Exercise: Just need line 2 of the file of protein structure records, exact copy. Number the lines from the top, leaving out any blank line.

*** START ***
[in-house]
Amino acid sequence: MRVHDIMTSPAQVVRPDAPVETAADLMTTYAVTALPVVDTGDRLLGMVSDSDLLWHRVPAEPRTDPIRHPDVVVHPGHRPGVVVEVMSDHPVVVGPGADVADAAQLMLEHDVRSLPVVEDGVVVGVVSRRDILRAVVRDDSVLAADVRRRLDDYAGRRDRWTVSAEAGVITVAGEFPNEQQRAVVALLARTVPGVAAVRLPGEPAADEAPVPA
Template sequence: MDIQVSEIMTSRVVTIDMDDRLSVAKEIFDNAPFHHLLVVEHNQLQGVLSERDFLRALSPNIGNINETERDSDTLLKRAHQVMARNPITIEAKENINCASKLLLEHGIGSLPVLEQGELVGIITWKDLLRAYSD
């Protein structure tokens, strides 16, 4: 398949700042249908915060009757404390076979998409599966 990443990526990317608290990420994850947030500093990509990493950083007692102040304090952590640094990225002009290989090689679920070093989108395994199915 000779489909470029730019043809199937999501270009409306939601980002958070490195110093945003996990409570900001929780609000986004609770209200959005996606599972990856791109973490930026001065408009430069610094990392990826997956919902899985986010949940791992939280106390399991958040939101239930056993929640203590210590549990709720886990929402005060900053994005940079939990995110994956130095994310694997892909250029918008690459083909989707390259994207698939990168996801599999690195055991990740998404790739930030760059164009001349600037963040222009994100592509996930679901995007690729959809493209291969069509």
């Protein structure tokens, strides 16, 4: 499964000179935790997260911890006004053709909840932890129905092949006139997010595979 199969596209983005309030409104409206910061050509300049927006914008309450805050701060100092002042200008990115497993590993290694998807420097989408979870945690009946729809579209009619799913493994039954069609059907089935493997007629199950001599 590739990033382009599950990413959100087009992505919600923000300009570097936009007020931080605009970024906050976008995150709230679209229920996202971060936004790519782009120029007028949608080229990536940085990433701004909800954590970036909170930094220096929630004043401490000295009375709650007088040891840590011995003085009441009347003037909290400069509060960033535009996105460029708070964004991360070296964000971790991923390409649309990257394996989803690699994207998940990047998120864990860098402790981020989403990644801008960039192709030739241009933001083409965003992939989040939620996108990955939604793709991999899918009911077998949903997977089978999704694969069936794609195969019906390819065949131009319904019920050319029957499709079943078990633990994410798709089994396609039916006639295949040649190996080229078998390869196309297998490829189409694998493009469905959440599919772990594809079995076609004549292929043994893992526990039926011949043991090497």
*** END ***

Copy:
Amino acid sequence: MRVHDIMTSPAQVVRPDAPVETAADLMTTYAVTALPVVDTGDRLLGMVSDSDLLWHRVPAEPRTDPIRHPDVVVHPGHRPGVVVEVMSDHPVVVGPGADVADAAQLMLEHDVRSLPVVEDGVVVGVVSRRDILRAVVRDDSVLAADVRRRLDDYAGRRDRWTVSAEAGVITVAGEFPNEQQRAVVALLARTVPGVAAVRLPGEPAADEAPVPA